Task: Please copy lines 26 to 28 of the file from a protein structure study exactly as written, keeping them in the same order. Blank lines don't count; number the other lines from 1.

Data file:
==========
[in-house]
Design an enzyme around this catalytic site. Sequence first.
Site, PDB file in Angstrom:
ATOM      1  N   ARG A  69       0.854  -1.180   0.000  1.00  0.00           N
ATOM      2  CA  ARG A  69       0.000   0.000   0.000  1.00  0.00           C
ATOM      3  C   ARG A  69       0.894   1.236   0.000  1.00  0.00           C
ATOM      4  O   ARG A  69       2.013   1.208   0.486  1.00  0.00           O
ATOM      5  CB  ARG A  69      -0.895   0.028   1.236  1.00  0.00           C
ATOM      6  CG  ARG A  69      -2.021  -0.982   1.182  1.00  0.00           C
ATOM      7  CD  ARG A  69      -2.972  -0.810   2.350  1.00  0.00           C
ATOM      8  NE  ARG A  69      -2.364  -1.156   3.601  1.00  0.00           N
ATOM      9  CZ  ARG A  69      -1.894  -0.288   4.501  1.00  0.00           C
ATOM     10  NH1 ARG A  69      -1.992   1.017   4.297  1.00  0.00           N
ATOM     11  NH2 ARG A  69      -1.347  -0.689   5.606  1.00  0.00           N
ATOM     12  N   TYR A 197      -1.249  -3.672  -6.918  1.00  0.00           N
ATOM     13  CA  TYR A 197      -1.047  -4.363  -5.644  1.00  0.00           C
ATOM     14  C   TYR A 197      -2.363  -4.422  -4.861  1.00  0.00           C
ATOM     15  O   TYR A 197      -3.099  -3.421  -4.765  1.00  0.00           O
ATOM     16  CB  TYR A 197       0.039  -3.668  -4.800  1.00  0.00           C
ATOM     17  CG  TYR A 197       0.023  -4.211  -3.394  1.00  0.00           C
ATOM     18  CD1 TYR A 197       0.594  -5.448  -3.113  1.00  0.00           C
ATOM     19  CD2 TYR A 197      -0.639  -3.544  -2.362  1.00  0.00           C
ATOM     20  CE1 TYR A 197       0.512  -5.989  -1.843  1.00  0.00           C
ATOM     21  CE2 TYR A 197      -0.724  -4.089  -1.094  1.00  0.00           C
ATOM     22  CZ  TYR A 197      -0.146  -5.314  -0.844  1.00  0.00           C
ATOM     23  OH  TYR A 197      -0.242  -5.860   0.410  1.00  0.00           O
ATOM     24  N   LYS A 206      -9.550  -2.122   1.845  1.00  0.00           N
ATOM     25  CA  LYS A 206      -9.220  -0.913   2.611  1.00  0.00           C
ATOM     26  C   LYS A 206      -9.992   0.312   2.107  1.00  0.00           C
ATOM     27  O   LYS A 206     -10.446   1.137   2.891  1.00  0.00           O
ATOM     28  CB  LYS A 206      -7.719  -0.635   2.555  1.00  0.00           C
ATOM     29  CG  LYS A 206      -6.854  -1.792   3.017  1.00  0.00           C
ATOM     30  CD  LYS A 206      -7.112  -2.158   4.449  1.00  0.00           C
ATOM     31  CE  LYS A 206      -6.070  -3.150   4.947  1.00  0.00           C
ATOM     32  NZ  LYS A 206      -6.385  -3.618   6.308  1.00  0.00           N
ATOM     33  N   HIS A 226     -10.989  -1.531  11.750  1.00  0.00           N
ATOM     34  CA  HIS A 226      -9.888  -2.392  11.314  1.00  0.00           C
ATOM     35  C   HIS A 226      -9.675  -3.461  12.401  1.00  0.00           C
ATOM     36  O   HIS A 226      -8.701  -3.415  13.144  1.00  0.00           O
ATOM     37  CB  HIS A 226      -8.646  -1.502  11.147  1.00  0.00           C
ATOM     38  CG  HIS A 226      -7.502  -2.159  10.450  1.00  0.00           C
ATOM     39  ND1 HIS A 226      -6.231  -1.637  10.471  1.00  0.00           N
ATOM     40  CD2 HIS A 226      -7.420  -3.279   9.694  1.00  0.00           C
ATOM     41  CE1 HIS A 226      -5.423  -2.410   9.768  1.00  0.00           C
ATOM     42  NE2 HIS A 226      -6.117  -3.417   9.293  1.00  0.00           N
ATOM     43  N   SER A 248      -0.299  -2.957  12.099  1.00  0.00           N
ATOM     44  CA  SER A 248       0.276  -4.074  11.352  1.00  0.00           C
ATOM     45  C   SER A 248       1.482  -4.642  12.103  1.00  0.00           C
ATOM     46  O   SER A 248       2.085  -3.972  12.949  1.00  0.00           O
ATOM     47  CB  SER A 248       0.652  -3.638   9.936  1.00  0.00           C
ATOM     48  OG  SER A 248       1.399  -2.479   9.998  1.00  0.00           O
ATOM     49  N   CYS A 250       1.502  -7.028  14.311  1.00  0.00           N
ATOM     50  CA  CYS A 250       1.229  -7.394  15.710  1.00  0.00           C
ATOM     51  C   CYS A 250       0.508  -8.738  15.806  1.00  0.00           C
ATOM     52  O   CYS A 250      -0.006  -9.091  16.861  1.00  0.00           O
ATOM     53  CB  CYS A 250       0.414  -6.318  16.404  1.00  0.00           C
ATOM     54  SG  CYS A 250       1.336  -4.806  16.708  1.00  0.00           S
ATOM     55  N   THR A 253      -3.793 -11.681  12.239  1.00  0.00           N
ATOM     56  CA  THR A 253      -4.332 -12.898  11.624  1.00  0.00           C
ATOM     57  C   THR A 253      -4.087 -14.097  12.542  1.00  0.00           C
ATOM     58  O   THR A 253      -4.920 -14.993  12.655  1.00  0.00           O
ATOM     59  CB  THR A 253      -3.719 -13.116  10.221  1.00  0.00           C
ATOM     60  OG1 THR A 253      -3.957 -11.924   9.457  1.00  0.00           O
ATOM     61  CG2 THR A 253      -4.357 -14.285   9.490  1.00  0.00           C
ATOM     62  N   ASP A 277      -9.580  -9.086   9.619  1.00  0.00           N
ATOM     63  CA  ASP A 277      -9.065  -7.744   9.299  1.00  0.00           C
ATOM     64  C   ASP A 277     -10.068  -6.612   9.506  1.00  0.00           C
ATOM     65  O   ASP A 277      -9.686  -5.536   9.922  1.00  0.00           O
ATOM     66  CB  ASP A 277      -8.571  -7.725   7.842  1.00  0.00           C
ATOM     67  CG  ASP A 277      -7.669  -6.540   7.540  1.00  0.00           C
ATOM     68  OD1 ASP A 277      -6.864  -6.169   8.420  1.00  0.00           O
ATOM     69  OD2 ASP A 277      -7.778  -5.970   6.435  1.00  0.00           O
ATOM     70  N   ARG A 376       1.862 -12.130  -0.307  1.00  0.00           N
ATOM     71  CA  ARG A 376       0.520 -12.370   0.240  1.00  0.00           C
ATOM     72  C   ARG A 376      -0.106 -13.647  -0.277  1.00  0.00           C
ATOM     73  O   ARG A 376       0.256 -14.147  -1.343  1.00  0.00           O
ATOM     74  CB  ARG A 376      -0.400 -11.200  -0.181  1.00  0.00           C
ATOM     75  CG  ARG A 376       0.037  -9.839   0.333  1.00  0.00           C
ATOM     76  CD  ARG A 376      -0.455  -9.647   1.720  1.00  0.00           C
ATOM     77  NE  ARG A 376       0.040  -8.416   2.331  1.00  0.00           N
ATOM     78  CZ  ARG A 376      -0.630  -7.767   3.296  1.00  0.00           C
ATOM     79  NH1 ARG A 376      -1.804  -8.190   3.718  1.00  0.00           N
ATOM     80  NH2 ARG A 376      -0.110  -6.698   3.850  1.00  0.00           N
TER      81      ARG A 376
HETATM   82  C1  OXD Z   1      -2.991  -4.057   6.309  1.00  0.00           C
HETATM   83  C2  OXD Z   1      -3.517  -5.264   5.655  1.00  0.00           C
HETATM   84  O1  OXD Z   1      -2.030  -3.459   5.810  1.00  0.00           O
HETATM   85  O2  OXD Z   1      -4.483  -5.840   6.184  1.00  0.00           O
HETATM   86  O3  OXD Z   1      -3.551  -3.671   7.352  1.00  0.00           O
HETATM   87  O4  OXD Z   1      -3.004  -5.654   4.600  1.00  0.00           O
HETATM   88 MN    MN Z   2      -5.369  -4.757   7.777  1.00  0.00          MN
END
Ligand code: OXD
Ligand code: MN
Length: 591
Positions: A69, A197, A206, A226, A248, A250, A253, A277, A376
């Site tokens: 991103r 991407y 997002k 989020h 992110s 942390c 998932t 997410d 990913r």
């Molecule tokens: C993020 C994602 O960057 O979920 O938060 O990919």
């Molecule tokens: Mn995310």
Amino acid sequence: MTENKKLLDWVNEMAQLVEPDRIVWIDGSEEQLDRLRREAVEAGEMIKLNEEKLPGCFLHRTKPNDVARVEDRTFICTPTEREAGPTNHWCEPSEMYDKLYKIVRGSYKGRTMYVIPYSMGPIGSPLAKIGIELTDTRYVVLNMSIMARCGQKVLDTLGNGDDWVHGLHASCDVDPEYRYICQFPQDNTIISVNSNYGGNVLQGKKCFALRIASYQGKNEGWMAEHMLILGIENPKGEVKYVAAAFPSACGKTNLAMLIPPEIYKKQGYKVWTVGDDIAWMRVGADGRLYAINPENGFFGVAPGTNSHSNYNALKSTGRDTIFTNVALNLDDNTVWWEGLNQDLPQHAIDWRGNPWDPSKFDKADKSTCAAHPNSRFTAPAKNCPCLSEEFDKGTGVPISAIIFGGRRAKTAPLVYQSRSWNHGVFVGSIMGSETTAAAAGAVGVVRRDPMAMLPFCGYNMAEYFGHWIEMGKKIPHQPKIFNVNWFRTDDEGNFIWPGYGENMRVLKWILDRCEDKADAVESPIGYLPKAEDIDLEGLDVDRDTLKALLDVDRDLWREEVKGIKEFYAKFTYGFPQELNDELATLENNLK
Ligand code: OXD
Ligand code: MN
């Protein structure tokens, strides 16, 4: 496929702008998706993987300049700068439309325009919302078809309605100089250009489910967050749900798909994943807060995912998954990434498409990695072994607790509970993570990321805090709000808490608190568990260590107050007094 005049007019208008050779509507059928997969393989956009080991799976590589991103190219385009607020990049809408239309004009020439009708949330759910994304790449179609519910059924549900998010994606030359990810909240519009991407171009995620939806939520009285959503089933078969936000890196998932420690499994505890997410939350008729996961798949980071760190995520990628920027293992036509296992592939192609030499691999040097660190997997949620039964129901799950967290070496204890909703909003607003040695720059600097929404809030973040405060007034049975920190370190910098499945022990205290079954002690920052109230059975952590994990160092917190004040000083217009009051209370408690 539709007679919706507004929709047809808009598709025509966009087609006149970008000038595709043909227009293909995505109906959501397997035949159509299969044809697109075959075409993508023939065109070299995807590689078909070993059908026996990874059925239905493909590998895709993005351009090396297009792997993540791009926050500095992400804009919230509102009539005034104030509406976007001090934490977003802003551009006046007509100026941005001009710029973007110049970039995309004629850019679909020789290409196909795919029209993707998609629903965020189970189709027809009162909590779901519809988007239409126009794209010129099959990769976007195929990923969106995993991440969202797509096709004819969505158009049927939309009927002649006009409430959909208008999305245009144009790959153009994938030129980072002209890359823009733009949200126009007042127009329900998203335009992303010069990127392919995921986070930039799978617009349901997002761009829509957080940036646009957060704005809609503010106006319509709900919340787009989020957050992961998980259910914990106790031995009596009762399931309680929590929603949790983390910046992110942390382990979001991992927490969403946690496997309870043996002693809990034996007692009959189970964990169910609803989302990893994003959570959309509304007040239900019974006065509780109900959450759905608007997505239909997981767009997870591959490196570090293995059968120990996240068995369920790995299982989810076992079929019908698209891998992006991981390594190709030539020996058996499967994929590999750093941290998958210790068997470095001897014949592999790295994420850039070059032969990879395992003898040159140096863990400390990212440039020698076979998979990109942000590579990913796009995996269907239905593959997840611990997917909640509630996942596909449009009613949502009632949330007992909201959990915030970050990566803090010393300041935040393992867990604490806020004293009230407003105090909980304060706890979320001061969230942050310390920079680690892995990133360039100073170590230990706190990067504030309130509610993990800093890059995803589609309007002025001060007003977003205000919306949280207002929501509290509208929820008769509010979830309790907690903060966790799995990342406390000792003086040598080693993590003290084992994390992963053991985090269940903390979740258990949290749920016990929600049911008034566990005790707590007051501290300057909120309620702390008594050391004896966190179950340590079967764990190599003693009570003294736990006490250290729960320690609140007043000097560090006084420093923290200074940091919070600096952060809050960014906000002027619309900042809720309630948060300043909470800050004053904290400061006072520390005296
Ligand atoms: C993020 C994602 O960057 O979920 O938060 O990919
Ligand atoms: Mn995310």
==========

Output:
ATOM     23  OH  TYR A 197      -0.242  -5.860   0.410  1.00  0.00           O
ATOM     24  N   LYS A 206      -9.550  -2.122   1.845  1.00  0.00           N
ATOM     25  CA  LYS A 206      -9.220  -0.913   2.611  1.00  0.00           C